IE-WEN SIM, ROBERT MCLACHLAN
Obesity in men has been associated with reduced fertility. The impact of paternal body mass index on fertility is multifactorial, with increased weight associated with endocrine dysregulation and impaired sexual desire and function. Weight loss may improve fertility outcomes as well as conferring longer-term health benefits.
Obesity is a growing health issue that causes substantial morbidity and mortality. Epidemiological data suggest an association between increasing body mass index (BMI) and reduced fertility in men, with one study suggesting that a gain of 10kg decreases male fertility by approximately 10%. The effect of BMI on male fertility is multifactorial, with increased weight associated with changes in sex hormone profile and impaired sexual desire and function. Some studies also suggest poorer semen parameters in overweight men.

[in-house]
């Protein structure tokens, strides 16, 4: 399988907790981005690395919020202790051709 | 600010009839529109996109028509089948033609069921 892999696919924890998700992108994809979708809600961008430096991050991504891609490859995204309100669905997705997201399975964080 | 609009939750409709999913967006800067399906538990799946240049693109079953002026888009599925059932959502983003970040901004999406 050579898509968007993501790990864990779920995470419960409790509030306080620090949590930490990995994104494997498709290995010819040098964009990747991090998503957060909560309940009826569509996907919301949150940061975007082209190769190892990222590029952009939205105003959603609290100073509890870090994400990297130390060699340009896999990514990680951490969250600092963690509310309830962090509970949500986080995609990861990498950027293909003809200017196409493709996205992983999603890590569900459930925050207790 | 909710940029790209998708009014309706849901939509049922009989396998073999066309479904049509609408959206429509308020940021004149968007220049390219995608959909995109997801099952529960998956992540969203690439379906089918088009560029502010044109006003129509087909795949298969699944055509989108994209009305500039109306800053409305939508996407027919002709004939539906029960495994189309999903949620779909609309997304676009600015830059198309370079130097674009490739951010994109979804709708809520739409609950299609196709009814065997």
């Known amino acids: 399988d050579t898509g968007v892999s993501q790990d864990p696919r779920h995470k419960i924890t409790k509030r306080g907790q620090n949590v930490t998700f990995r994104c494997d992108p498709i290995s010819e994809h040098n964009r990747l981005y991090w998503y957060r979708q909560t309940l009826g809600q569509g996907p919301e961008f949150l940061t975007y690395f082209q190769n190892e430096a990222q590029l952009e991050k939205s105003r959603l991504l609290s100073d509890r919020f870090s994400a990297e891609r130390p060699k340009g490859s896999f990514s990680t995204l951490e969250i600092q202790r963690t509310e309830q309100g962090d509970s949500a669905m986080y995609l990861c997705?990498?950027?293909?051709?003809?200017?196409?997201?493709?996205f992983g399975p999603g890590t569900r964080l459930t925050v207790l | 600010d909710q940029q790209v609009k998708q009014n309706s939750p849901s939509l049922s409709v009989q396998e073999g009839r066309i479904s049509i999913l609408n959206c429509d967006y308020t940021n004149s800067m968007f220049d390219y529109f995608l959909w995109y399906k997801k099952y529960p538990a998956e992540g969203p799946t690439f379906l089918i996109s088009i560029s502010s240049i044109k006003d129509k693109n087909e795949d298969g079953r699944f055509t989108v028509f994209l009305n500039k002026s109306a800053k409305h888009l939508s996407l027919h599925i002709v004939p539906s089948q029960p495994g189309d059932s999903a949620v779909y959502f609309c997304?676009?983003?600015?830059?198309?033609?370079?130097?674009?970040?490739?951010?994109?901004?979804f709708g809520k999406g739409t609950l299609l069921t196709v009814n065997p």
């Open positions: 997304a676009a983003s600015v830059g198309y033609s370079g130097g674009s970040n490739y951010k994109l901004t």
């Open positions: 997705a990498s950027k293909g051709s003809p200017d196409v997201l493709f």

Despite the prevalence and costs of male subfertility, there are few data regarding the fertility benefits of weight loss in men. Although weight reduction may normalise the hormone profile, the extent that this improves fertility and the time course of any improvement are unclear.